Suggestions for improving striking
Holding the Rope’s End
When a bell is set at backstroke, reach up to the rope and take a relaxed grip on it – that is where you should hold it when ringing.
Adjacent to the set position is the balance. You should aim to pull the bell to the balance position each stroke.
If you take a grasp of the rope higher up, you will be stopping the bell from swinging full circle, and it will not get to the balance position.
You can overpull to keep the bell going round, but you will lose the rhythm on many strokes.
When the bell is set at backstroke, you can tell by reach where you should hold it, but when it is set at hand, your backstroke holding position is not so obvious.
If you are holding the rope in the right position, your pull will be much steadier because your weight is not affecting it. You should be able to hunt up to the back and over the back bells without chipping.
Stand so you can see the entire circle with both eyes. Keep your eyes looking horizontally right from the start. Don’t look up, down or to one side.
Ensure that the rope is hanging in the centre of the rope boss when you are holding it. If you stand too far back, your sally may catchon the boss or on the rope slapping board, and it will make a horrible noise.
Position of Hands
Keep hands together at both handstroke and backstroke. If the hands are parted, there is not much pulling being done by the lower hand.
Do not lead too quickly or too slowly at either hand or back. Listen during the opening rounds whether the band wishes you to be quicker or slower.
About 90% of bells are oddstruck. There are four types of oddstruckness:
- Slow at hand, quick at back
- Quick at hand, slow at back
- Quick both ways
- Slow both ways.
You counteract the oddstruckness by your pull – eg. pull a bit more at handstroke to hurry the handstroke along and you can then ease the backstroke off.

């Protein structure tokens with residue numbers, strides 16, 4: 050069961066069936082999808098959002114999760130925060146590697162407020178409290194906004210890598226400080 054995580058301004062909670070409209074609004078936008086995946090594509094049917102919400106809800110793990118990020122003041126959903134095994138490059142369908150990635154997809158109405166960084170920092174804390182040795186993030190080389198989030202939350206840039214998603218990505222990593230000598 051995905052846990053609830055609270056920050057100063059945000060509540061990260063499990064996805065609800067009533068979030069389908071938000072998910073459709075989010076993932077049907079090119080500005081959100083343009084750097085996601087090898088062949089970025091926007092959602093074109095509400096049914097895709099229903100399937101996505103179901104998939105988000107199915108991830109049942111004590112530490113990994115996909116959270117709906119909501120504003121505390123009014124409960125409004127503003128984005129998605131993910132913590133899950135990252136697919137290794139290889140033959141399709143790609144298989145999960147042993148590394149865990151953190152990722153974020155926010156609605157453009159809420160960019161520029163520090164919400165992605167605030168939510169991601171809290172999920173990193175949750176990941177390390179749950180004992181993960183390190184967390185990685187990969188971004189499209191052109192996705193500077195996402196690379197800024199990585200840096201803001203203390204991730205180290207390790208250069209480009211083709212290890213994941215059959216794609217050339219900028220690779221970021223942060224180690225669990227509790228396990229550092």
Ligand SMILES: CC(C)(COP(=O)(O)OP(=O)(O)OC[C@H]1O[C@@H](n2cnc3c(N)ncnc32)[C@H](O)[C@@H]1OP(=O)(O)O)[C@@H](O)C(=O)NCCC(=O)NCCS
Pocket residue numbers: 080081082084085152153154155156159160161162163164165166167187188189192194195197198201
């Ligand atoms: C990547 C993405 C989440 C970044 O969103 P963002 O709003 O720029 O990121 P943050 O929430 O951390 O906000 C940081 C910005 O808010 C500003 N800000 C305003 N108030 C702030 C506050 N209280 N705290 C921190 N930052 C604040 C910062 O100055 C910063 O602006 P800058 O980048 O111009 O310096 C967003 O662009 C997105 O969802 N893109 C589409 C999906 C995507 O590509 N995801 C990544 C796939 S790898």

Hearing Your Bell
Many ringers cannot "hear" their bell, or the other bells. So do not be shy at asking advice – it is better to ask than for you to be always (or sometimes) out of place.
Ringing the Tenor
Many ringers think that ringing the tenor behind is easy, but it should be setting the rhythm, so think about:
a, Ring as close as possible to the small bells when they are at the back,
b, Ease gently off the big bells,
c, When small bells are at the back, the back bells are often at the front. If the tenor is not close over the small bells, it makes hard work for the heavier bells.
Ringing The Other Bells
Front bells over each other should be reasonably close.
Back bells over each other should be slightly eased off.
Small bells dodging with back bells should try to be nicely in place under the back bell, so that he can reciprocate and make it reasonably easy for both.
Going wrong - being put right
Remember the slogan “Jump to it!” Even if you think you are right, please do as advised. Fill a hole and avoid a pile up. The ringing may have been super, so try and help keep it that way. There might be two bells over at the end – so what!! Remember, ringing is instantaneous. The conductor must shout quickly and loudly to get the message across. This does not mean he is cross with you! He just wants to avoid an awful noise, so don’t get upset about it.
As soon as a band takes hold, please cease laughing, joking and talking. The treble will be waiting to call “Look to”.
Count the bells round. This gives you your place and rhythm position.
Ringing Up and Down
All bells are of importance. The third and fourth often get out. If three or four are in front of the second, pull a wee bit more. If wide, ease in a bit. Do not forget, the back bells are depending on you.
Every touch is a performance
The general public cannot tell whether you are practicing or performing. Thus, every time you ring, you should think of it as a performance.